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Looking beyond the Incumbent: The Effects of Exposing Corruption on Electoral Outcomes

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  • Chong, Alberto

    (George Washington University)

  • De La O Torres, Ana L.

    (Yale University)

  • Karlan, Dean

    (Yale University)

  • Wantchekon, Leonard

    (Princeton University)

Abstract

Does information about rampant political corruption increase electoral participation and the support for challenger parties? Democratic theory assumes that offering more information to voters will enhance electoral accountability. However, if there is consistent evidence suggesting that voters punish corrupt incumbents, it is unclear whether this translates into increased support for challengers and higher political participation. We provide experimental evidence that information about copious corruption not only decreases incumbent support in local elections in Mexico, but also decreases voter turnout, challengers' votes, and erodes voters' identification with the party of the corrupt incumbent. Our results suggest that while flows of information are necessary, they may be insufficient to improve political accountability, since voters may respond to information by withdrawing from the political process. We conclude with a discussion of the institutional contexts that could allow increased access to information to promote government accountability.

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Bibliographic Info

Paper provided by Yale University, Department of Economics in its series Working Papers with number 94.

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Date of creation: Jan 2012
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Handle: RePEc:ecl:yaleco:94

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  1. Banerjee, Abhijit V. & Banerji, Rukmini & Duflo, Esther & Glennerster, Rachel & Khemani, Stuti, 2008. "Pitfalls of participatory programs : evidence from a randomized evaluation in education in India," Policy Research Working Paper Series 4584, The World Bank.
  2. Clausen, Bianca & Kraay, Aart & Nyiri, Zsolt, 2009. "Corruption and confidence in public institutions : evidence from a global survey," Policy Research Working Paper Series 5157, The World Bank.
  3. Ritva Reinikka & Jakob Svensson, 2005. "Fighting Corruption to Improve Schooling: Evidence from a Newspaper Campaign in Uganda," Journal of the European Economic Association, MIT Press, MIT Press, vol. 3(2-3), pages 259-267, 04/05.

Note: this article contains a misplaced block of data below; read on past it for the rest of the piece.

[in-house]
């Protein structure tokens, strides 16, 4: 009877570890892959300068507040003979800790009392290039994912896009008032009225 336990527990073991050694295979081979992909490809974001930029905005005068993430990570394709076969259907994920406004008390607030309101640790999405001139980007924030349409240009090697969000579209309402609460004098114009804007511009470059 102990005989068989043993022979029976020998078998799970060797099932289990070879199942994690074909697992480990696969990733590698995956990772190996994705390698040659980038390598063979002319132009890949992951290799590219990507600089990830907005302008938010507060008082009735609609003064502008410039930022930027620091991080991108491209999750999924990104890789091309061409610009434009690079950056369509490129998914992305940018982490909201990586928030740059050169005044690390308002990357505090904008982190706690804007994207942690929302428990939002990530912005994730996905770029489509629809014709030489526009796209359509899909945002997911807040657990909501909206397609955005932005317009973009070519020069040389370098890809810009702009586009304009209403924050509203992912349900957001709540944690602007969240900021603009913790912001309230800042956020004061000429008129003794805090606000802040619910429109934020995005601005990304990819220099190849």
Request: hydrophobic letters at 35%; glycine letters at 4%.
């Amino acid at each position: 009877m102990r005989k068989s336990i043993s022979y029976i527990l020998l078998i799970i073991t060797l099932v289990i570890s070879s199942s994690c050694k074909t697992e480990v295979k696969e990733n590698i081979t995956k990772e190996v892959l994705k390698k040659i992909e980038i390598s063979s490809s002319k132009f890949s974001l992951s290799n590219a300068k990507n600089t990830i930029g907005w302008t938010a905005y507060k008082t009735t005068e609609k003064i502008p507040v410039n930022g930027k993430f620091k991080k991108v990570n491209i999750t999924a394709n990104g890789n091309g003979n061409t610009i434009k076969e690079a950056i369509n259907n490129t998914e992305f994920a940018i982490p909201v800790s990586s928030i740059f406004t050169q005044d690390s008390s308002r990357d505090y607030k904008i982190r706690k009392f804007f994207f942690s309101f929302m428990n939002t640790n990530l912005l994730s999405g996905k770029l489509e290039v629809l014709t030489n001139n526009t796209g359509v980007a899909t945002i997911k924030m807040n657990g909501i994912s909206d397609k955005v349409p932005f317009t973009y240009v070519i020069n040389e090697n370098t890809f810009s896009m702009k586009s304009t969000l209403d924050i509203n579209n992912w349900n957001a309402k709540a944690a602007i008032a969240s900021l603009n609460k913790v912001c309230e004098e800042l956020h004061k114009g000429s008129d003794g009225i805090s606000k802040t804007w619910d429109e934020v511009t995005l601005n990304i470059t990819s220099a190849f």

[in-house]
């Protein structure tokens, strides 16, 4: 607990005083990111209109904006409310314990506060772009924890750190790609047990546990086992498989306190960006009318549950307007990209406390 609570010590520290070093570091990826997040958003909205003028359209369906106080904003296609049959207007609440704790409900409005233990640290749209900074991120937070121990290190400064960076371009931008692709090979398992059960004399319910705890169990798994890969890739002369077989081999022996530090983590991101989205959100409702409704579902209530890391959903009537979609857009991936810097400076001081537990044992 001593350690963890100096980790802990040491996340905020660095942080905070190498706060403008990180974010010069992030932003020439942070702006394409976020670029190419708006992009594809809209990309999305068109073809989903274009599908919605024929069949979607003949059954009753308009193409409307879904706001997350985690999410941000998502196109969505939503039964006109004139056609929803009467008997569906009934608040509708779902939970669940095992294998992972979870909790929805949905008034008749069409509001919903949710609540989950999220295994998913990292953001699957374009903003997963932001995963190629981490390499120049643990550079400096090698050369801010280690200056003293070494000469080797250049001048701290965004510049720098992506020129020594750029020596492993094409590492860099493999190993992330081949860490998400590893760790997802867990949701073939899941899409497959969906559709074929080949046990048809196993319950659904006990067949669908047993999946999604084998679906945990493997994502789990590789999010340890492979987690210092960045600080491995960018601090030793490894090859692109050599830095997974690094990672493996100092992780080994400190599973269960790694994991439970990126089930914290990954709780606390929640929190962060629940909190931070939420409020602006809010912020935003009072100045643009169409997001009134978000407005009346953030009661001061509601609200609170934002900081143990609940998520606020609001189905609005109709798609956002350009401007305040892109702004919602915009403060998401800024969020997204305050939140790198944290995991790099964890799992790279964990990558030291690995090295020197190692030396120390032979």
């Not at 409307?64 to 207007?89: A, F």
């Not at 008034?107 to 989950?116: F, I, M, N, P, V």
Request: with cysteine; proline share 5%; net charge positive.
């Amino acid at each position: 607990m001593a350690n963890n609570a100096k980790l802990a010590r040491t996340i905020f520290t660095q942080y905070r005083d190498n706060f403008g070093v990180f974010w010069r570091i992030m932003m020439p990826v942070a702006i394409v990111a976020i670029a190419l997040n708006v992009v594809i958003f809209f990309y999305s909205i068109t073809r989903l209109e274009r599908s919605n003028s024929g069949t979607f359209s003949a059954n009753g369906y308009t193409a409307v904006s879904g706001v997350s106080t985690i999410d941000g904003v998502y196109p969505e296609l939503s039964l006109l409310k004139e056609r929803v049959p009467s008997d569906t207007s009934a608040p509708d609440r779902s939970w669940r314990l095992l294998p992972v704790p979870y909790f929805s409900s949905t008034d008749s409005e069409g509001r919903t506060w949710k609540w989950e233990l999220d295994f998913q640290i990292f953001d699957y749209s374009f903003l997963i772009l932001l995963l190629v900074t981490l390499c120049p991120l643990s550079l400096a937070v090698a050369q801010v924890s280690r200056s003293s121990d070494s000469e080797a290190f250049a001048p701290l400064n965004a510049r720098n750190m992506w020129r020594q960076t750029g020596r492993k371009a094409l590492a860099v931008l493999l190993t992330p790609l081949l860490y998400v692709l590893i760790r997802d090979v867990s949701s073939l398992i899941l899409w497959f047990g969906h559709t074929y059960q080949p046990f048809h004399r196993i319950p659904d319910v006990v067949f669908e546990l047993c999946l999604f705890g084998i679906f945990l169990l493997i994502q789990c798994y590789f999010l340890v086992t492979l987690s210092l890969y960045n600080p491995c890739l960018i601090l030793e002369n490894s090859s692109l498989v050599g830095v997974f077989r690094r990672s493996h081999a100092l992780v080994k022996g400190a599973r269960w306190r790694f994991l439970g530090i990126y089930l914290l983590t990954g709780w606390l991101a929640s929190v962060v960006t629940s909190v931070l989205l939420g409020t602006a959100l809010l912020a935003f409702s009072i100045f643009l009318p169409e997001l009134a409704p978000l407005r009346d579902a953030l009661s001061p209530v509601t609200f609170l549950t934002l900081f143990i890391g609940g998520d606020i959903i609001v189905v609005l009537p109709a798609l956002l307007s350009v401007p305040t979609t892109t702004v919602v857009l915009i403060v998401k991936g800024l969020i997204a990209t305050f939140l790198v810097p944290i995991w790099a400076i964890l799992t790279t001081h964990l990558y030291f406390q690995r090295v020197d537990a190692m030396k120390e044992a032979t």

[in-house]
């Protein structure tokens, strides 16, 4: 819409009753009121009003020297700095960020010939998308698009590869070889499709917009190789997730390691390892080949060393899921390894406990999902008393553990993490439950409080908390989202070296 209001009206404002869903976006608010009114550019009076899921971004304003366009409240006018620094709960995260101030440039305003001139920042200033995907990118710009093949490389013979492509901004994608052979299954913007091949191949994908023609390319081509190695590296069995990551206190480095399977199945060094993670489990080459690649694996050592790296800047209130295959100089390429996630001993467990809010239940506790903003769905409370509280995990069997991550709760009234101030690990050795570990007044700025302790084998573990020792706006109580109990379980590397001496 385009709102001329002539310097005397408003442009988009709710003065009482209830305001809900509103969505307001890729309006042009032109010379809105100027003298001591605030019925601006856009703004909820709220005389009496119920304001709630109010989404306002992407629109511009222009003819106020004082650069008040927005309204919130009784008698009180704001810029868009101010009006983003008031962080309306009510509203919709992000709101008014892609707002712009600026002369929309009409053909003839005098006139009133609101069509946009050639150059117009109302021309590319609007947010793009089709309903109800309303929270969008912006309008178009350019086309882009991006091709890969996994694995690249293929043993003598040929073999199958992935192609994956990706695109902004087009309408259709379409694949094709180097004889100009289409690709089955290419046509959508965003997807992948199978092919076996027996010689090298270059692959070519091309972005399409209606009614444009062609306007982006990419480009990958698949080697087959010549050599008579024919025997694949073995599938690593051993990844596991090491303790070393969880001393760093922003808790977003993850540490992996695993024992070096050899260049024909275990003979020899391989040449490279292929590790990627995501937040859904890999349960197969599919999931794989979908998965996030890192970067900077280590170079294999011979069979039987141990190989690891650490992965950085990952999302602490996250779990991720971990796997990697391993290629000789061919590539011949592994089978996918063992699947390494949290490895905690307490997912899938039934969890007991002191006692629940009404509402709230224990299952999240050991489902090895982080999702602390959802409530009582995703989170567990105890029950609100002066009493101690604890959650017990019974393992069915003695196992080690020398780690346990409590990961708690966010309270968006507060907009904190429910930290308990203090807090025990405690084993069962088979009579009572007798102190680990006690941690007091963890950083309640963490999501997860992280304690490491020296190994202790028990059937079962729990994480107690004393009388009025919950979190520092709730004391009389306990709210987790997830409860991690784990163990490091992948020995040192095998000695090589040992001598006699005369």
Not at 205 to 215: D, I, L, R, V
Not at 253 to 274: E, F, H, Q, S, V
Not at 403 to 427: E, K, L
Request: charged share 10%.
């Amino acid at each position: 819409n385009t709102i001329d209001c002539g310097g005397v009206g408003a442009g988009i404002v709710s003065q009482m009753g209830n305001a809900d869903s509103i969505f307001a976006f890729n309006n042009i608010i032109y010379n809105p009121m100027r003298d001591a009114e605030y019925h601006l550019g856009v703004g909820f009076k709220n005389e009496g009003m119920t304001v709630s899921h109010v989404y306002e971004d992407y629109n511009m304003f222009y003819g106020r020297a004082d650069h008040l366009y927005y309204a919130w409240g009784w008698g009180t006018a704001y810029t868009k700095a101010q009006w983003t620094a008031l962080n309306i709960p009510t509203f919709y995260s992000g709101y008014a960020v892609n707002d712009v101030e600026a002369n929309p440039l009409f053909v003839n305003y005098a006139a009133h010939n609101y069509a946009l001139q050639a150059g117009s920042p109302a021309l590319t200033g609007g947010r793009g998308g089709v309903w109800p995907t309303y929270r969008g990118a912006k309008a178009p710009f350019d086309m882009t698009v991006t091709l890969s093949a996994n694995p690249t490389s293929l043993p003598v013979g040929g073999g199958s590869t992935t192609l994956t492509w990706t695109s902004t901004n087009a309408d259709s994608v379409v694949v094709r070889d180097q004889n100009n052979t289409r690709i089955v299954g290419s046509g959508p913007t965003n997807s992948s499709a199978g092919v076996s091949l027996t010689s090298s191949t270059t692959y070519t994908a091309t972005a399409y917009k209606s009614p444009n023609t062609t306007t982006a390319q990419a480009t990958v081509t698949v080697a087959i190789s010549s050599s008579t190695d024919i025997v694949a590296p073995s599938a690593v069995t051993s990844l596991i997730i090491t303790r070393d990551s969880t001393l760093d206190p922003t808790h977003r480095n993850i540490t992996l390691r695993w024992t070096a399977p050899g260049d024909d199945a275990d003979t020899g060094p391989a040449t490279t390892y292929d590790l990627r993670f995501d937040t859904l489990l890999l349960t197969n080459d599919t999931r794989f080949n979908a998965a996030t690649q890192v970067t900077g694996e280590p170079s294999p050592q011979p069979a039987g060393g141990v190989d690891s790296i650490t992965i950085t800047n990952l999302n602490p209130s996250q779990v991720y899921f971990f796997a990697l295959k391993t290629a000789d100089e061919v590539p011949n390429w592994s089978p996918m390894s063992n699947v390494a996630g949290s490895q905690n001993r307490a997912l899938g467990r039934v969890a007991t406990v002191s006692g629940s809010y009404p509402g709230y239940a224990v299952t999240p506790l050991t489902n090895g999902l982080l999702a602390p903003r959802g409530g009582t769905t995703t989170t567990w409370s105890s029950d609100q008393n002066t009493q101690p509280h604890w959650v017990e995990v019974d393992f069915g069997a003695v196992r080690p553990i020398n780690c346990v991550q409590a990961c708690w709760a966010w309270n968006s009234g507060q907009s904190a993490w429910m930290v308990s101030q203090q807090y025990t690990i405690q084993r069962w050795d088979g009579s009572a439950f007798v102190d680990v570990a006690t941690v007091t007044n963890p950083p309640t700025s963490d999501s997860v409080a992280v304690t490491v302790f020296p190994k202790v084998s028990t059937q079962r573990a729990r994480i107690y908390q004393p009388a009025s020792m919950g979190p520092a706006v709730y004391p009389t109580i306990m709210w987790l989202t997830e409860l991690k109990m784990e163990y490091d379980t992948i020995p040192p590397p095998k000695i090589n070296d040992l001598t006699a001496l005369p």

4. Gingerich, Daniel W., 2009. "Corruption and Political Decay: Evidence from Bolivia," Quarterly Journal of Political Science, now publishers, vol. 4(1), pages 1-34, March.
  5. Joseph M. Johnson & W. Mark Crain, 2004. "Effects of Term Limits on Fiscal Performance: Evidence from Democratic Nations," Public Choice, Springer, Springer, vol. 119(1_2), pages 73-90, 04.
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Cited by:
  1. Gianmarco León, 2013. "Turnout, Political Preferences and Information: Experimental Evidence from Peru," Working Papers 691, Barcelona Graduate School of Economics.
  2. Ali T. Akarca & Aysit Tansel, 2012. "Turkish Voter Response to Government Incompetence and Corruption Related to the 1999 Earthquakes," Working Papers, Turkish Economic Association 2012/2, Turkish Economic Association.
  3. Martín Ardanaz & Ana Corbacho & Mauricio Ruiz-Vega, 2014. "Mind the Gap: Bridging the Perception and Reality of Crime Rates with Information," IDB Publications 86138, Inter-American Development Bank.
  4. Albert Solé-Ollé & Pilar Sorribas-Navarro, 2014. "Does corruption erode trust in government? Evidence from a recent surge of local scandals in Spain," Working Papers 2014/26, Institut d'Economia de Barcelona (IEB).
  5. Lieberman, Evan S. & Posner, Daniel N. & Tsai, Lily L., 2014. "Does Information Lead to More Active Citizenship? Evidence from an Education Intervention in Rural Kenya," World Development, Elsevier, Elsevier, vol. 60(C), pages 69-83.

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